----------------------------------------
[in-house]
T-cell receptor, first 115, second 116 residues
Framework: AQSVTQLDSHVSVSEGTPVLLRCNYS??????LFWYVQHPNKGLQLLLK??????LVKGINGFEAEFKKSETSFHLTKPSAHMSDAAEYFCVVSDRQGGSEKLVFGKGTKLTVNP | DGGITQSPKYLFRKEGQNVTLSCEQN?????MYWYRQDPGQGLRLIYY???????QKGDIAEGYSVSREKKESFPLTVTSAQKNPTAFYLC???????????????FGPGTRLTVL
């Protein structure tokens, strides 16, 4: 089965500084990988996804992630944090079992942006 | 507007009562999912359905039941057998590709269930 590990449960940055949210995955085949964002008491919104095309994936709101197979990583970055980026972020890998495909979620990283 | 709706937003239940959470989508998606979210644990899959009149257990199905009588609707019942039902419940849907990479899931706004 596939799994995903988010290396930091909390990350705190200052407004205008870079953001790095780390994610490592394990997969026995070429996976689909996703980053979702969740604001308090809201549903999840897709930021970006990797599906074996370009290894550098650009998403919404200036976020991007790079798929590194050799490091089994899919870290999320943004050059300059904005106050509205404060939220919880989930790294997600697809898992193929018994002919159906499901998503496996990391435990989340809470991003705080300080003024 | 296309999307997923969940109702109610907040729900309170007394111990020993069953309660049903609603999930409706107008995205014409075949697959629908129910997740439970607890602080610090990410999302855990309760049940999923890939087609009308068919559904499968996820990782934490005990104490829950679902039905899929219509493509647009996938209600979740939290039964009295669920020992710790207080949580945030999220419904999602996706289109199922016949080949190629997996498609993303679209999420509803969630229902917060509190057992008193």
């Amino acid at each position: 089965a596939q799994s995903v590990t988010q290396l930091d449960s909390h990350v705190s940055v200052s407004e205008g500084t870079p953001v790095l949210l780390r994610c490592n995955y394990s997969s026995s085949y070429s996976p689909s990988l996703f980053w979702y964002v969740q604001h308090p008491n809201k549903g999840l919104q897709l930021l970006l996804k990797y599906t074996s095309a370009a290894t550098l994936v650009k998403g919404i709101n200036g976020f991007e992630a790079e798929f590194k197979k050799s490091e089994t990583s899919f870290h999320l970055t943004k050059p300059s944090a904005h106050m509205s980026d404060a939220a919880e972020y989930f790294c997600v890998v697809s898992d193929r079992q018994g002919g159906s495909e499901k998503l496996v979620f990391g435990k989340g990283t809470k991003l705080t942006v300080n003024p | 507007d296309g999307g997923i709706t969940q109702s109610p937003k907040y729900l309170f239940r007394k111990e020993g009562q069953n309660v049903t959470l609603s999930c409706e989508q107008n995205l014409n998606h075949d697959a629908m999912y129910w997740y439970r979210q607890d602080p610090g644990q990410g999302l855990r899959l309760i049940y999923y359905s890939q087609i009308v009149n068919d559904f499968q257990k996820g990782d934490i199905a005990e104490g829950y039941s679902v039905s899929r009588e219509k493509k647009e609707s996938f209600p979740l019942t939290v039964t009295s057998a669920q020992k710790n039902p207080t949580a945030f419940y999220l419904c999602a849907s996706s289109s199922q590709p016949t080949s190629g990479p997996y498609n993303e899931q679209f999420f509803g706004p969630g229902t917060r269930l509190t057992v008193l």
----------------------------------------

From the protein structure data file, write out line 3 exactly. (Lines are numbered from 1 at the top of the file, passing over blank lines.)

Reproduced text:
Framework: AQSVTQLDSHVSVSEGTPVLLRCNYS??????LFWYVQHPNKGLQLLLK??????LVKGINGFEAEFKKSETSFHLTKPSAHMSDAAEYFCVVSDRQGGSEKLVFGKGTKLTVNP | DGGITQSPKYLFRKEGQNVTLSCEQN?????MYWYRQDPGQGLRLIYY???????QKGDIAEGYSVSREKKESFPLTVTSAQKNPTAFYLC???????????????FGPGTRLTVL